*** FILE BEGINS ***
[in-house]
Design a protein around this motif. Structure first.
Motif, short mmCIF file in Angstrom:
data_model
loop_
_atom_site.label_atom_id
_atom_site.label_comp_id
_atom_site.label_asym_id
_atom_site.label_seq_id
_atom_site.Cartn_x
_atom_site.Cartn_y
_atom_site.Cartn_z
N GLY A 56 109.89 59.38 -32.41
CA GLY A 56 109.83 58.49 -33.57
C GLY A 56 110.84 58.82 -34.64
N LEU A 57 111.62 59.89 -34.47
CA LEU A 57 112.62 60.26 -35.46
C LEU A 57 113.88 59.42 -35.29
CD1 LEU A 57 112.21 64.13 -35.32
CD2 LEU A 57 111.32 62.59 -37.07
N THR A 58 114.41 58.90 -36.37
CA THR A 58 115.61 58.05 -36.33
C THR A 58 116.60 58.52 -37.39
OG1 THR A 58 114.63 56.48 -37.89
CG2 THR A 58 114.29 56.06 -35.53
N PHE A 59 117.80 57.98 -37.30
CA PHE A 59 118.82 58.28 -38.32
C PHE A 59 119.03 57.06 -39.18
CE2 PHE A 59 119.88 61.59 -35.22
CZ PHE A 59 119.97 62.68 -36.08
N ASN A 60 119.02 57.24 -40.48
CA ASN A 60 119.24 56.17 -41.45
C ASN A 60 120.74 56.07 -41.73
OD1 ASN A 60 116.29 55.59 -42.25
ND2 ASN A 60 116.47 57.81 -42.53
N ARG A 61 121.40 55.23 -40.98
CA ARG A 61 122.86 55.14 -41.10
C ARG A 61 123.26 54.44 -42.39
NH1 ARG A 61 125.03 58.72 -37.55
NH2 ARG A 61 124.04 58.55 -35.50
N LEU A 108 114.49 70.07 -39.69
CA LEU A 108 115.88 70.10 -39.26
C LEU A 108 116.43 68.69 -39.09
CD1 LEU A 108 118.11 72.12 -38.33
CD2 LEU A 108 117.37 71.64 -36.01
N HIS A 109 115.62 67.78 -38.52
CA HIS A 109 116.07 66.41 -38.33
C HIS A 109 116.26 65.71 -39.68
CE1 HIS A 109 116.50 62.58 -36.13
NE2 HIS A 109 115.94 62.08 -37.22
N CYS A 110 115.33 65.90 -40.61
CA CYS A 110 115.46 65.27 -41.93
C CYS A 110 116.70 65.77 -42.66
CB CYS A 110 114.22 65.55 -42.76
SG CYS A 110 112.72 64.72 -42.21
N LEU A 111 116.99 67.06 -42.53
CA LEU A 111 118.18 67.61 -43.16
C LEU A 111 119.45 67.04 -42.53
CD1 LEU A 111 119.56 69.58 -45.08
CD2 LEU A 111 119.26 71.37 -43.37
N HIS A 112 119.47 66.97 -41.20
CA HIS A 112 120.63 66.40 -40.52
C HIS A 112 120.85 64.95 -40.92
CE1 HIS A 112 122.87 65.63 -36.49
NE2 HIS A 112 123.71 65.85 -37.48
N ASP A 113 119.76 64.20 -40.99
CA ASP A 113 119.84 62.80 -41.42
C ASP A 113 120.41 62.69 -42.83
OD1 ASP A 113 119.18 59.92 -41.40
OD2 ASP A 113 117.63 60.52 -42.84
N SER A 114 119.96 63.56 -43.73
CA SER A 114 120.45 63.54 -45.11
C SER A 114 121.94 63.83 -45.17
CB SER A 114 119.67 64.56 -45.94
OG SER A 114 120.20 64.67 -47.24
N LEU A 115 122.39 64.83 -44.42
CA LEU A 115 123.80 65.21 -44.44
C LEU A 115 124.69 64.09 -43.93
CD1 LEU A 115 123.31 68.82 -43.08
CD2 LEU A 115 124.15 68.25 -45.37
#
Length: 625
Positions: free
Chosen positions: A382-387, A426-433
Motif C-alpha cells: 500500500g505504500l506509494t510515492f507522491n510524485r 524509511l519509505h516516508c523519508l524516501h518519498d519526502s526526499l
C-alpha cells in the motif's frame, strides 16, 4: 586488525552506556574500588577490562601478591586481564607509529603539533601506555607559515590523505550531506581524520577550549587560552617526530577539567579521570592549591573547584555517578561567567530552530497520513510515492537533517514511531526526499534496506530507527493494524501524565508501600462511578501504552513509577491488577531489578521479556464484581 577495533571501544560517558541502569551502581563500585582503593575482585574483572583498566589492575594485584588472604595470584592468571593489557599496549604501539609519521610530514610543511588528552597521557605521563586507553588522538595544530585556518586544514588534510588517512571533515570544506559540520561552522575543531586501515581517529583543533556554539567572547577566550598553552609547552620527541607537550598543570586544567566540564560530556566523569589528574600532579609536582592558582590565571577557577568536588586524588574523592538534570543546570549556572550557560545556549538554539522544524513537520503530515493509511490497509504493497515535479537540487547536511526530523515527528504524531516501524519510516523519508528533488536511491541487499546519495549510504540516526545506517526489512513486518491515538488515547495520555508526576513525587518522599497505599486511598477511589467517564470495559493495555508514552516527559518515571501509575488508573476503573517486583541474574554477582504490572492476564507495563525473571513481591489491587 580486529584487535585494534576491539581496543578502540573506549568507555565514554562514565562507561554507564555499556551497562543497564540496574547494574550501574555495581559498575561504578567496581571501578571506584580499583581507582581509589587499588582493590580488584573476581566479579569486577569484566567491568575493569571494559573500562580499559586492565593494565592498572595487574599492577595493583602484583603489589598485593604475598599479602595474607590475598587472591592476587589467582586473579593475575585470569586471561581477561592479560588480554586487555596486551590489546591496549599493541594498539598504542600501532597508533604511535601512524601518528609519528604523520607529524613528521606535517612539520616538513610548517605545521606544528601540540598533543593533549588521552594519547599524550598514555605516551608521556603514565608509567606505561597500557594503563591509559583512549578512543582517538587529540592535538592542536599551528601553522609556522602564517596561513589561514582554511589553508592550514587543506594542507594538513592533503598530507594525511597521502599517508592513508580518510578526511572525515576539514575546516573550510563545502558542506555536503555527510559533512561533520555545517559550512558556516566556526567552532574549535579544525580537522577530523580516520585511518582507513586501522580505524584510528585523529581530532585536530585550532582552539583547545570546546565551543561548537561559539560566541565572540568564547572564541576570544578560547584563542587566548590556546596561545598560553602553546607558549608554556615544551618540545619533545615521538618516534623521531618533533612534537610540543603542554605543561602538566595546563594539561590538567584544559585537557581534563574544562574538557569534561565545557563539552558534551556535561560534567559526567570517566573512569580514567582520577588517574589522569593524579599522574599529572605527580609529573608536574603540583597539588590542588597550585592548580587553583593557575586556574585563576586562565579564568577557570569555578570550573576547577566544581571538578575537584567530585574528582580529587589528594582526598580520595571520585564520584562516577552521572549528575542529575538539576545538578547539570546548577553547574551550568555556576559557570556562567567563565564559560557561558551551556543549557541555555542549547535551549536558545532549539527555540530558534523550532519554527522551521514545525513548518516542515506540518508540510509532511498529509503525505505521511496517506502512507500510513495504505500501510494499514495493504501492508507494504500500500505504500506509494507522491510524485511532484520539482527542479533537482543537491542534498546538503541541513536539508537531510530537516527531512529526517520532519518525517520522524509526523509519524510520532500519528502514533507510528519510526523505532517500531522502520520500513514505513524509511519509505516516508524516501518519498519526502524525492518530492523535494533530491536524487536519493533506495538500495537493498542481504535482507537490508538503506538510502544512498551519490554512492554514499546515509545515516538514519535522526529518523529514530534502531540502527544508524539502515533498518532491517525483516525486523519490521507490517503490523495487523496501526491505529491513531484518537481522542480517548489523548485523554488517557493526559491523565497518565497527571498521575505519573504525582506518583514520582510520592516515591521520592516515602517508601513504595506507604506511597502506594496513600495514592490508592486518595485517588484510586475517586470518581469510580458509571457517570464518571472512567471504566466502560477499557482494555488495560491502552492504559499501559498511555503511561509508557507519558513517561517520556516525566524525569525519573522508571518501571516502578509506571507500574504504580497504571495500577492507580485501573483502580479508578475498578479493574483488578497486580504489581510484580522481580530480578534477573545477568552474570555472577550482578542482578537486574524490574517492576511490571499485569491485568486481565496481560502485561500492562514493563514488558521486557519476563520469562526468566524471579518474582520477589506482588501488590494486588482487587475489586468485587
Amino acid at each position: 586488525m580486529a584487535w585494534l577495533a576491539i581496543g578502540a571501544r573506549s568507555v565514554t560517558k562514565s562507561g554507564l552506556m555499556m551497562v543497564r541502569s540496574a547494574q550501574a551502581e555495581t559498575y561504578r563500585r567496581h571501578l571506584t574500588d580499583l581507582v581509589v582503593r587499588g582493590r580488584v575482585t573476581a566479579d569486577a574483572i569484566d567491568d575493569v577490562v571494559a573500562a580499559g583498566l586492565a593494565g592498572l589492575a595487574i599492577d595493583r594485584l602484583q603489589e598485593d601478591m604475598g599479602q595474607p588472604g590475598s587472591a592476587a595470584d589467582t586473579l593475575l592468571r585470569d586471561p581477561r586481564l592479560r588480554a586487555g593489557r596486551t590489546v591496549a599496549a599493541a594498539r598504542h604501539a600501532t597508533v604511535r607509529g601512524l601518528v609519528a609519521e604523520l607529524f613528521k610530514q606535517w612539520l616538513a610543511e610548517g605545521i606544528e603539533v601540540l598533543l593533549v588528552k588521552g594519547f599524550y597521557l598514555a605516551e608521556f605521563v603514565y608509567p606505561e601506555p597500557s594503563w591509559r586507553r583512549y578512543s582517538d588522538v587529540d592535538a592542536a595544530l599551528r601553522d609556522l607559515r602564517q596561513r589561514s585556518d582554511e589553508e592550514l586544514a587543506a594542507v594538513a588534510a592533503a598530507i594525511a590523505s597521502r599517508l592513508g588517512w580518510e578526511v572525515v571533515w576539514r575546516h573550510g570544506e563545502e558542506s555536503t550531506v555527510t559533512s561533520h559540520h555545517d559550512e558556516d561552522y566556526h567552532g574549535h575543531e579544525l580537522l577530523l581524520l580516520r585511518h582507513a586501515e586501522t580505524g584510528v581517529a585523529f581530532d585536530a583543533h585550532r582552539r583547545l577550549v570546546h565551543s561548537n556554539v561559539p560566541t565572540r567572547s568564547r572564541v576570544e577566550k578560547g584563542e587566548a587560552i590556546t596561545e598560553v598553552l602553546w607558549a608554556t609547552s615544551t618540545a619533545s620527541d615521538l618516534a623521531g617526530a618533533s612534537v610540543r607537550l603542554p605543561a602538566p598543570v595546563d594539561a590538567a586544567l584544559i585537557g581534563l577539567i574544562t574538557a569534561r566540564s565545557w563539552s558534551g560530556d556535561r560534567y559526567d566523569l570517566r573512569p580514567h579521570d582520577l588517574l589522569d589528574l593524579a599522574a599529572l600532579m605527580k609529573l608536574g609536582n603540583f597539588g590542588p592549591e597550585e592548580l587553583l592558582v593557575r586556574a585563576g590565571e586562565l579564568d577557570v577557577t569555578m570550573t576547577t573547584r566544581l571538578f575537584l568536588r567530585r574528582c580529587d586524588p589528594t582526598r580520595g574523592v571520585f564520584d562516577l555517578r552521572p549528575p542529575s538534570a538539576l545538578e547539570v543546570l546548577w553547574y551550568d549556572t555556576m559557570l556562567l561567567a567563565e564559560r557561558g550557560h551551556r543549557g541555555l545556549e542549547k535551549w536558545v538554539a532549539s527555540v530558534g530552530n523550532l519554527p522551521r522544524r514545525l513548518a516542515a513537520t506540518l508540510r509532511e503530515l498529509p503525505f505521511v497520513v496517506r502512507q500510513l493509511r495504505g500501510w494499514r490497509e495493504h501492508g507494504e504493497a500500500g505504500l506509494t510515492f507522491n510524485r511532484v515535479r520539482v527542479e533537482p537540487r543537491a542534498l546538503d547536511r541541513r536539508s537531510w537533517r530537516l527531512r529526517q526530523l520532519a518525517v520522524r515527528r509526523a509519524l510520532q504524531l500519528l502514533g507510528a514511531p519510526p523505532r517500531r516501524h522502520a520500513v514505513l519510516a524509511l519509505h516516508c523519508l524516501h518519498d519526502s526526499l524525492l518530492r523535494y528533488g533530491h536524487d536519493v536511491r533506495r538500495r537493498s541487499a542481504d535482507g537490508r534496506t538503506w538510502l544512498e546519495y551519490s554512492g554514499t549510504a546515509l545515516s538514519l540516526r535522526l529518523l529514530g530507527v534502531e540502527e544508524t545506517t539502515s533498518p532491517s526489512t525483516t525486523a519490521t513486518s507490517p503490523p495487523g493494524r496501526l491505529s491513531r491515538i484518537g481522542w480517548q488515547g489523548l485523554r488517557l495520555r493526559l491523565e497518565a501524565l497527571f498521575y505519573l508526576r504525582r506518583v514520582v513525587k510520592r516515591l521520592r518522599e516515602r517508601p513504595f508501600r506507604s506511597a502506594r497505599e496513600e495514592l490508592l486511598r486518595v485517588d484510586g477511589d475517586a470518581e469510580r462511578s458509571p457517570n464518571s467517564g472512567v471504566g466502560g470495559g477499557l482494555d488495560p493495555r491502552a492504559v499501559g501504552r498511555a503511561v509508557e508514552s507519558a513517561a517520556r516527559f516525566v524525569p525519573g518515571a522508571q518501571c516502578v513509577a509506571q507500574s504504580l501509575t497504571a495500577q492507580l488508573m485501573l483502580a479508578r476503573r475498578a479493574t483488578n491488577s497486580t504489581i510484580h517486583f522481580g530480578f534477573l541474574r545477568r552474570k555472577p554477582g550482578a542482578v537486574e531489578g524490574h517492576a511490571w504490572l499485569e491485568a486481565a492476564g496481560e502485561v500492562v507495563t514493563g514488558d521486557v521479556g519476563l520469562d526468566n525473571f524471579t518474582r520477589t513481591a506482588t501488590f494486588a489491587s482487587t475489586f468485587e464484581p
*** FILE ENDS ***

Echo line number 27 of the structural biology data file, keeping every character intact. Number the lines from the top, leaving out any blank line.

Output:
CA PHE A 59 118.82 58.28 -38.32